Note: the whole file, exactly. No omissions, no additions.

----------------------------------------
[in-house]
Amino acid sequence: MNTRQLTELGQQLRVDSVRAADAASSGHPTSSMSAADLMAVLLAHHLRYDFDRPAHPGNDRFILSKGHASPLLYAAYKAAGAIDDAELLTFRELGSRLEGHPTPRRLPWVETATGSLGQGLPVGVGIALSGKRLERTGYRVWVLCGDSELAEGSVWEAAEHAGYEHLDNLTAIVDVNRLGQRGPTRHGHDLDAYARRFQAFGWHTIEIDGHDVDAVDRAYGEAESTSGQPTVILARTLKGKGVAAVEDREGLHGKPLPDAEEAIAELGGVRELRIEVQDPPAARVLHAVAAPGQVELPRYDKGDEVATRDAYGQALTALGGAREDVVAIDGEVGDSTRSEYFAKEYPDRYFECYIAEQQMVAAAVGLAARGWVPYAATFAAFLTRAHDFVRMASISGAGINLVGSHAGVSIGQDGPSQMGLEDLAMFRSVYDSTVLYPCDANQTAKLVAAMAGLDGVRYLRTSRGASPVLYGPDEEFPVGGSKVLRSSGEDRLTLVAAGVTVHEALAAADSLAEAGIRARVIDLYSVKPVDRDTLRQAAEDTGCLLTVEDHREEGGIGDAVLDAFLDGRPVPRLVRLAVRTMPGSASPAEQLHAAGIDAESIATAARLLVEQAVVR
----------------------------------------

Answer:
[in-house]
Amino acid sequence: MNTRQLTELGQQLRVDSVRAADAASSGHPTSSMSAADLMAVLLAHHLRYDFDRPAHPGNDRFILSKGHASPLLYAAYKAAGAIDDAELLTFRELGSRLEGHPTPRRLPWVETATGSLGQGLPVGVGIALSGKRLERTGYRVWVLCGDSELAEGSVWEAAEHAGYEHLDNLTAIVDVNRLGQRGPTRHGHDLDAYARRFQAFGWHTIEIDGHDVDAVDRAYGEAESTSGQPTVILARTLKGKGVAAVEDREGLHGKPLPDAEEAIAELGGVRELRIEVQDPPAARVLHAVAAPGQVELPRYDKGDEVATRDAYGQALTALGGAREDVVAIDGEVGDSTRSEYFAKEYPDRYFECYIAEQQMVAAAVGLAARGWVPYAATFAAFLTRAHDFVRMASISGAGINLVGSHAGVSIGQDGPSQMGLEDLAMFRSVYDSTVLYPCDANQTAKLVAAMAGLDGVRYLRTSRGASPVLYGPDEEFPVGGSKVLRSSGEDRLTLVAAGVTVHEALAAADSLAEAGIRARVIDLYSVKPVDRDTLRQAAEDTGCLLTVEDHREEGGIGDAVLDAFLDGRPVPRLVRLAVRTMPGSASPAEQLHAAGIDAESIATAARLLVEQAVVR